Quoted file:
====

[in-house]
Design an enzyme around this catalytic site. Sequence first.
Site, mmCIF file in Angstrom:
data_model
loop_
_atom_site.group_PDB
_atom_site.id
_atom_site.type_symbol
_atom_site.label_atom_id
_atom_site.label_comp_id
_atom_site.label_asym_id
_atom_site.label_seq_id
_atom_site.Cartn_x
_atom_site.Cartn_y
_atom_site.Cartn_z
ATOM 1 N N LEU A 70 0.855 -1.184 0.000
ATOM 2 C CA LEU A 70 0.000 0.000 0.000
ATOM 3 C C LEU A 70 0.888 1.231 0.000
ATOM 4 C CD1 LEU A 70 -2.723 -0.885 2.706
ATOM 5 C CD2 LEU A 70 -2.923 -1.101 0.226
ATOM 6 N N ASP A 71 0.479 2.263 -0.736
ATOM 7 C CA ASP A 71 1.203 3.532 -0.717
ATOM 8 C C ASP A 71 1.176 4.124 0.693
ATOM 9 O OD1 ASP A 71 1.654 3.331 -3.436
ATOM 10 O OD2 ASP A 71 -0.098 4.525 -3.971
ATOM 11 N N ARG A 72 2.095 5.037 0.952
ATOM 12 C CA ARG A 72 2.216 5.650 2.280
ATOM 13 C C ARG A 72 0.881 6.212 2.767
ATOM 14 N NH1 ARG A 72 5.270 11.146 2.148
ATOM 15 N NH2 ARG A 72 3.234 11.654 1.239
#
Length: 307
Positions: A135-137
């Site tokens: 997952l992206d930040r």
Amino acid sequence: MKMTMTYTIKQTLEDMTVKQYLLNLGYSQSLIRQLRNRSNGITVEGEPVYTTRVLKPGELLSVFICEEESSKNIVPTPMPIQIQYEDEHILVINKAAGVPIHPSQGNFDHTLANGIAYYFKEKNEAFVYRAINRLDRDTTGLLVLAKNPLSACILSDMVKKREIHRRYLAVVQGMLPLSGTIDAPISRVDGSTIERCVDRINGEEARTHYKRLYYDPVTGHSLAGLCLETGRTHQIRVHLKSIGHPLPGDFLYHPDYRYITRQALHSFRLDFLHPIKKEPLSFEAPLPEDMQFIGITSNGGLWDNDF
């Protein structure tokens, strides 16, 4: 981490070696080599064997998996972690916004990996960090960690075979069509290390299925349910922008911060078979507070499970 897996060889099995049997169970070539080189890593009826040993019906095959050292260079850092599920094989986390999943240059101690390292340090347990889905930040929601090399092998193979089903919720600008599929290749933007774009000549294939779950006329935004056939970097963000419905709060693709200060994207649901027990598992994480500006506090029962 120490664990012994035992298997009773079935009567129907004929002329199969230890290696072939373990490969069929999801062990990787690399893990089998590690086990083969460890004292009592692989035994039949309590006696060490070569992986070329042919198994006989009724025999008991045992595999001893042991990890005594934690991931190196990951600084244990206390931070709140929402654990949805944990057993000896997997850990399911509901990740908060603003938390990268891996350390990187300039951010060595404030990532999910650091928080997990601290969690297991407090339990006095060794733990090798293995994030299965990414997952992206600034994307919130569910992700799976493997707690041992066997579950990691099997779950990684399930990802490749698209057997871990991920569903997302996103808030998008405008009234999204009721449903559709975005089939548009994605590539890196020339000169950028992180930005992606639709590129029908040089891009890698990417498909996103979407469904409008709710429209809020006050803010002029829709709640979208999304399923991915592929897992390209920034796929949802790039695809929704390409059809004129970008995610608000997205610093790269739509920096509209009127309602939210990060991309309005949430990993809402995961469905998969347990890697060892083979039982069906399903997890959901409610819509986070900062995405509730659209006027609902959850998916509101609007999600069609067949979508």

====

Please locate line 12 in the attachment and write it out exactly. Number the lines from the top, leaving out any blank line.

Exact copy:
_atom_site.label_seq_id